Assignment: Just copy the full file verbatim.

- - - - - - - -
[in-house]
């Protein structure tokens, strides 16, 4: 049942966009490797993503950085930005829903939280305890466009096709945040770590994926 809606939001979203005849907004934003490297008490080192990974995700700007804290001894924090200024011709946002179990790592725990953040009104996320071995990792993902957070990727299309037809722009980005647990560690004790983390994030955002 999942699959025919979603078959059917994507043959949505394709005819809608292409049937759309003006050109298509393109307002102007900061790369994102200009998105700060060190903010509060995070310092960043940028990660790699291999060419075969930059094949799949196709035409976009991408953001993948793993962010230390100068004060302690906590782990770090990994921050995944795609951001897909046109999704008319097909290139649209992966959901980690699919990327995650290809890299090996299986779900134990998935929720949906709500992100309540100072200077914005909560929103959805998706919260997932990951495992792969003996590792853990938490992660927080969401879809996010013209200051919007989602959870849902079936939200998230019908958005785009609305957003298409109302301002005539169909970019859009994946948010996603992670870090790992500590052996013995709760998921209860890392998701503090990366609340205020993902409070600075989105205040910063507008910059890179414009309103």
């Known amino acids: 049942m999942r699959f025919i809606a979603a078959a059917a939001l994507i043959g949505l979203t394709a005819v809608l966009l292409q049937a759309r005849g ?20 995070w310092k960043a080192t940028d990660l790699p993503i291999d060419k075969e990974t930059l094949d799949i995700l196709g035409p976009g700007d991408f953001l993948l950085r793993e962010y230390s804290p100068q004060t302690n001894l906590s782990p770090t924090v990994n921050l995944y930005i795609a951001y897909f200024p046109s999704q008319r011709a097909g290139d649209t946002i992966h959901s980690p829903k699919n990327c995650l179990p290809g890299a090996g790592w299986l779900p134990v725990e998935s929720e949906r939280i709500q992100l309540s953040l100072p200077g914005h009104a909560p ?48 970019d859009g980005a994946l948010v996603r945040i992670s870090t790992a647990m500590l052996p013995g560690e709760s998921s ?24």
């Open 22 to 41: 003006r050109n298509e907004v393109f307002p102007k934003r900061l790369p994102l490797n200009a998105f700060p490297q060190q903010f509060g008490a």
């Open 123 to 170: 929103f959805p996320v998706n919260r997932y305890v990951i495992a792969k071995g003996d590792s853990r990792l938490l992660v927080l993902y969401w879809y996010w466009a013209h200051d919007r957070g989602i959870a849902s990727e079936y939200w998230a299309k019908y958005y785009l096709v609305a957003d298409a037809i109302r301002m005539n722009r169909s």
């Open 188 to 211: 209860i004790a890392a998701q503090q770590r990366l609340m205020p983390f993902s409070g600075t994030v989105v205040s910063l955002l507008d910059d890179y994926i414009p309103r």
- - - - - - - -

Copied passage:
[in-house]
């Protein structure tokens, strides 16, 4: 049942966009490797993503950085930005829903939280305890466009096709945040770590994926 809606939001979203005849907004934003490297008490080192990974995700700007804290001894924090200024011709946002179990790592725990953040009104996320071995990792993902957070990727299309037809722009980005647990560690004790983390994030955002 999942699959025919979603078959059917994507043959949505394709005819809608292409049937759309003006050109298509393109307002102007900061790369994102200009998105700060060190903010509060995070310092960043940028990660790699291999060419075969930059094949799949196709035409976009991408953001993948793993962010230390100068004060302690906590782990770090990994921050995944795609951001897909046109999704008319097909290139649209992966959901980690699919990327995650290809890299090996299986779900134990998935929720949906709500992100309540100072200077914005909560929103959805998706919260997932990951495992792969003996590792853990938490992660927080969401879809996010013209200051919007989602959870849902079936939200998230019908958005785009609305957003298409109302301002005539169909970019859009994946948010996603992670870090790992500590052996013995709760998921209860890392998701503090990366609340205020993902409070600075989105205040910063507008910059890179414009309103």
């Known amino acids: 049942m999942r699959f025919i809606a979603a078959a059917a939001l994507i043959g949505l979203t394709a005819v809608l966009l292409q049937a759309r005849g ?20 995070w310092k960043a080192t940028d990660l790699p993503i291999d060419k075969e990974t930059l094949d799949i995700l196709g035409p976009g700007d991408f953001l993948l950085r793993e962010y230390s804290p100068q004060t302690n001894l906590s782990p770090t924090v990994n921050l995944y930005i795609a951001y897909f200024p046109s999704q008319r011709a097909g290139d649209t946002i992966h959901s980690p829903k699919n990327c995650l179990p290809g890299a090996g790592w299986l779900p134990v725990e998935s929720e949906r939280i709500q992100l309540s953040l100072p200077g914005h009104a909560p ?48 970019d859009g980005a994946l948010v996603r945040i992670s870090t790992a647990m500590l052996p013995g560690e709760s998921s ?24």
């Open 22 to 41: 003006r050109n298509e907004v393109f307002p102007k934003r900061l790369p994102l490797n200009a998105f700060p490297q060190q903010f509060g008490a």
């Open 123 to 170: 929103f959805p996320v998706n919260r997932y305890v990951i495992a792969k071995g003996d590792s853990r990792l938490l992660v927080l993902y969401w879809y996010w466009a013209h200051d919007r957070g989602i959870a849902s990727e079936y939200w998230a299309k019908y958005y785009l096709v609305a957003d298409a037809i109302r301002m005539n722009r169909s």
């Open 188 to 211: 209860i004790a890392a998701q503090q770590r990366l609340m205020p983390f993902s409070g600075t994030v989105v205040s910063l955002l507008d910059d890179y994926i414009p309103r």